Temperature-driven changes in behavioural unpredictability and personality in the beadlet sea anemone, Actinia equina

Maskrey, Daniel K, Sneddon, Lynne U ORCID: 0000-0001-9787-3948, Arnold, Kathryn E, Wolfenden, David CC and Thomson, Jack S ORCID: 0000-0003-2822-5589
(2021) Temperature-driven changes in behavioural unpredictability and personality in the beadlet sea anemone, Actinia equina. ANIMAL BEHAVIOUR, 181. pp. 13-27.

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Unexplained behavioural inconsistency in individual animals, termed unpredictability, could account for more than 50% of variance in some behaviours. Unpredictability is likely to be selectively beneficial as a predator mitigation strategy and thus should be of adaptive value. Between-individual differences in behavioural unpredictability and how it changes across environmental contexts may thus have important consequences for selection, particularly in the face of extreme environmental changes. Associations between unpredictability and other risk-mitigating behavioural traits such as boldness could further influence individual fitness and population health. In this study, we investigated patterns of unpredictability in Actinia equina individuals at high and low temperature extremes. We investigated two boldness-related behaviours, immersion response (tentacle extension with submergence) and startle response (tentacle extension after a fright). We took bursts of six repeated measures of each behaviour, one at 6 oC and one at 21 oC in two crossed-over treatments, and two at 13 oC in a control treatment. Large sample sizes allowed us to use double-hierarchical linear mixed modelling to investigate between-individual variation in unpredictability and in the plasticity of unpredictability. Significant between-individual variation in unpredictability was present for both behaviours and was influenced by temperature. For the startle response, animals collected from less stochastic environments were more unpredictable at 21 oC than those from more stochastic environments. For the immersion response, animals were more unpredictable at 21 oC than at 6 oC; this difference was clearer in those individuals that started at the high, rather than the low, temperature. Unpredictability was further positively correlated with the mean level immersion response at both temperatures; intermediate and moderately shy individuals were more unpredictable than bold in both environments. Metabolic rate in A. equina increases as the temperature rises, so energetically taxing unpredictability, coupled with reductions in foraging associated with shyer behaviour, could prove selectively detrimental during heatwaves.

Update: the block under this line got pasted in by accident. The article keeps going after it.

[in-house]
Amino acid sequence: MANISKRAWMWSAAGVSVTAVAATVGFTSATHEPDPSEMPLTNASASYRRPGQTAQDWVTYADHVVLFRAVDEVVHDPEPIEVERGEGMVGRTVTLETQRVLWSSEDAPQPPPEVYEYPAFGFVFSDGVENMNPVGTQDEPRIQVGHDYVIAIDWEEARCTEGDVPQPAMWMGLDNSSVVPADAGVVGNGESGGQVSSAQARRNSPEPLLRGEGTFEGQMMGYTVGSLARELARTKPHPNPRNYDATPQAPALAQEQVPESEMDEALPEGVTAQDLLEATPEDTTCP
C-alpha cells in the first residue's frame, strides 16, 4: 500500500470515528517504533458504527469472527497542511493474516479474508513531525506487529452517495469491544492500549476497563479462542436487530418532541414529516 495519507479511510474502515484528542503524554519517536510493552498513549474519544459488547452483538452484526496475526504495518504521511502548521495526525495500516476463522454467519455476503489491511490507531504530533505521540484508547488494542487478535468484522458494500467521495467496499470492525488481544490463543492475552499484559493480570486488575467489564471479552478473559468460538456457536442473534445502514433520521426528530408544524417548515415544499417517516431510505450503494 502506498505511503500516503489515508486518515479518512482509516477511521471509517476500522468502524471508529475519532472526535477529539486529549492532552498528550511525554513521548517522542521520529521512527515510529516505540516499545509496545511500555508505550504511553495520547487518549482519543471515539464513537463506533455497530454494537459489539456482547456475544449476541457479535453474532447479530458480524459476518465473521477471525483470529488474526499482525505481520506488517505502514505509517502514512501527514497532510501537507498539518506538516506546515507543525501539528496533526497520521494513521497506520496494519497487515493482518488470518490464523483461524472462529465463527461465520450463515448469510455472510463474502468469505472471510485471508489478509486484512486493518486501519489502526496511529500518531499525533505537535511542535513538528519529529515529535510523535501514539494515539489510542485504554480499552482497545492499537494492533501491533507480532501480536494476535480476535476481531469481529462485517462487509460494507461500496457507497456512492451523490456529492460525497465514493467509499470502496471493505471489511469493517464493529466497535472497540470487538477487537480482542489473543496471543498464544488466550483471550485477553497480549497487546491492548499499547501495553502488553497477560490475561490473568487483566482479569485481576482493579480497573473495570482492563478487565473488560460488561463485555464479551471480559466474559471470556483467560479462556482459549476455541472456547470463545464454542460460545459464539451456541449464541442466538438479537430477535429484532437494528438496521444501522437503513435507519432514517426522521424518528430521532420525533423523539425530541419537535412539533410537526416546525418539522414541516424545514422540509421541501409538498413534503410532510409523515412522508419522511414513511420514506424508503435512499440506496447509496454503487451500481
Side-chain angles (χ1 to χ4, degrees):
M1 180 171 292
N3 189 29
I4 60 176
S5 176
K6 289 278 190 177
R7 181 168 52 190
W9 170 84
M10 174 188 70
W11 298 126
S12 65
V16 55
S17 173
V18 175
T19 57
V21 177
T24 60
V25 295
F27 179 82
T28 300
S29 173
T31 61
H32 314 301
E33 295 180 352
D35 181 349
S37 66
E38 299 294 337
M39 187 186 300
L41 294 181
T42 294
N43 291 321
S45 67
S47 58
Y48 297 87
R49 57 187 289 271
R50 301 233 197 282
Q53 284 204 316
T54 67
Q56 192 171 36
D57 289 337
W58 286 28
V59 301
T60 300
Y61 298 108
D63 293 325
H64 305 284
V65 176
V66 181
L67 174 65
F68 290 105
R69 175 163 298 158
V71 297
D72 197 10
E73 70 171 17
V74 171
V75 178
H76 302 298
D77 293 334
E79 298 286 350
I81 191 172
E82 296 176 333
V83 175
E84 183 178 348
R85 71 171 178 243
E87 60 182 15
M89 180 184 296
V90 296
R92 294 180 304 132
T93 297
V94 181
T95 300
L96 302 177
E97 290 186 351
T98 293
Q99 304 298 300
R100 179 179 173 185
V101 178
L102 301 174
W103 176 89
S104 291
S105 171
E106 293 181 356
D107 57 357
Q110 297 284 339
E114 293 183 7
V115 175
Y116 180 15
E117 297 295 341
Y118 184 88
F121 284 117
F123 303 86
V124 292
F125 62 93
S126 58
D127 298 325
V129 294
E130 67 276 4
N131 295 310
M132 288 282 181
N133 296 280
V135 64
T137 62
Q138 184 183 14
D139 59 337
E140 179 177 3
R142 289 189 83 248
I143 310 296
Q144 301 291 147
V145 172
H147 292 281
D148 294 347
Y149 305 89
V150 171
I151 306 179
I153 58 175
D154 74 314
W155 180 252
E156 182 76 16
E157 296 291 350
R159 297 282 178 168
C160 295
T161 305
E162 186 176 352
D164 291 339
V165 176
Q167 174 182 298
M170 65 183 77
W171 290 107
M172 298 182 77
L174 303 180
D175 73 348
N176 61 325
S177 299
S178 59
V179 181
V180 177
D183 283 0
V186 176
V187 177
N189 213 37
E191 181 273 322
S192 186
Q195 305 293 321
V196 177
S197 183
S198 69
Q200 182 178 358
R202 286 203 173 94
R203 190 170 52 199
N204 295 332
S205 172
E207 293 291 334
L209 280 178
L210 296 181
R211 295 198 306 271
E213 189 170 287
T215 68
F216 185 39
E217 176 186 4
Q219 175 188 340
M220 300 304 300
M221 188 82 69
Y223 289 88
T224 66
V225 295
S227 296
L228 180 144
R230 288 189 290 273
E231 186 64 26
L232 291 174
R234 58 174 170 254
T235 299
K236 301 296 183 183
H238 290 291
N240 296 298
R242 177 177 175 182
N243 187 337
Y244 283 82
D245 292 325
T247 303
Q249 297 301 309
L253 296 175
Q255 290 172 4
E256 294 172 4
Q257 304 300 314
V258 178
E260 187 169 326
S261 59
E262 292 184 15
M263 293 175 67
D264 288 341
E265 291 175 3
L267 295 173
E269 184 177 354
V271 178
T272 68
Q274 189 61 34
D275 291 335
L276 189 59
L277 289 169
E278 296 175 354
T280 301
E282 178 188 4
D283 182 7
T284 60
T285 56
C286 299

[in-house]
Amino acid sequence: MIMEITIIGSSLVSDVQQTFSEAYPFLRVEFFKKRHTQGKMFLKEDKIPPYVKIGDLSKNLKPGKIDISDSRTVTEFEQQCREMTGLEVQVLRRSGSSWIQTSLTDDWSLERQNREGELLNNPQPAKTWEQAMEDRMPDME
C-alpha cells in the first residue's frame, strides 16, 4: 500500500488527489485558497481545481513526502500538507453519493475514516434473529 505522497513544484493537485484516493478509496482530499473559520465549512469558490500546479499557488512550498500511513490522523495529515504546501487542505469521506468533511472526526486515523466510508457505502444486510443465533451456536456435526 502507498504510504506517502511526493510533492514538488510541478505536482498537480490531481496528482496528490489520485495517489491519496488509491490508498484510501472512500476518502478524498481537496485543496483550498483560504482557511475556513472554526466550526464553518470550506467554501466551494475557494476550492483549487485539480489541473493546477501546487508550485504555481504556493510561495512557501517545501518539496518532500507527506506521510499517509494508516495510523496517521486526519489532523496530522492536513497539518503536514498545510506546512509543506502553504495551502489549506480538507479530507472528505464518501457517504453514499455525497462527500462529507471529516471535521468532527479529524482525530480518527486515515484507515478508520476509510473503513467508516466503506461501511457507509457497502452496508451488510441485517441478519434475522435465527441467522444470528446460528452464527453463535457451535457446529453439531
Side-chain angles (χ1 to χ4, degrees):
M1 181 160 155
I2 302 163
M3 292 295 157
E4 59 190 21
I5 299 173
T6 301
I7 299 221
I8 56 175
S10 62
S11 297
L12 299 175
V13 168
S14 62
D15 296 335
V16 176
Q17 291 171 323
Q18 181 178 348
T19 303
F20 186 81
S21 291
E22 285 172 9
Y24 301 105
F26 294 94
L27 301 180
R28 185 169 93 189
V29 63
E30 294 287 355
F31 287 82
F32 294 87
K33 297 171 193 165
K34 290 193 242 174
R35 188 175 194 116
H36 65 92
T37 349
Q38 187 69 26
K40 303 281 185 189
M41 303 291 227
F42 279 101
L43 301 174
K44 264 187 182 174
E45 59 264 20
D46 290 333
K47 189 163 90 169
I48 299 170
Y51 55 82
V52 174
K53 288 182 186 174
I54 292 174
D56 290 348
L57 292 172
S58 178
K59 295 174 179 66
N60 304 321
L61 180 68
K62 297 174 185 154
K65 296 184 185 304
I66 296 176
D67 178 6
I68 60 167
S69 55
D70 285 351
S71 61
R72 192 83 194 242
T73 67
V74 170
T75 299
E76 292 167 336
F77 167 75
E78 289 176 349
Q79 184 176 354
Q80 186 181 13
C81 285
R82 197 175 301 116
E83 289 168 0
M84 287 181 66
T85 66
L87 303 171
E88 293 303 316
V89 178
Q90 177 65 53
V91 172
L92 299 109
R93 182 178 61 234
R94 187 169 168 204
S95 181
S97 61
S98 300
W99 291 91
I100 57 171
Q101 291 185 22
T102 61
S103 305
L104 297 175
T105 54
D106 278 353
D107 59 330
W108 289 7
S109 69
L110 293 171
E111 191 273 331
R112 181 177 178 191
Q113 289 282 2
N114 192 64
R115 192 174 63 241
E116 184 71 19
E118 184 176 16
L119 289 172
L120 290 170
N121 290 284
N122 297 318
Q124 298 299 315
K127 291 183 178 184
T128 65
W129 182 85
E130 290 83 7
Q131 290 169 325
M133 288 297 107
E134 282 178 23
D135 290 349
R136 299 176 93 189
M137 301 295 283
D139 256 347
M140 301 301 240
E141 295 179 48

Item Type: Article
Uncontrolled Keywords: behavioural plasticity, boldness, climate change, marine invertebrate, temperature fluctuation, unpredictability
Divisions: Faculty of Health and Life Sciences
Faculty of Health and Life Sciences > Institute of Infection, Veterinary and Ecological Sciences
Faculty of Science and Engineering > School of Environmental Sciences
Depositing User: Symplectic Admin
Date Deposited: 15 Nov 2021 11:27
Last Modified: 18 Jan 2023 21:24
DOI: 10.1016/j.anbehav.2021.08.022
Related URLs:
URI: https://livrepository.liverpool.ac.uk/id/eprint/3143195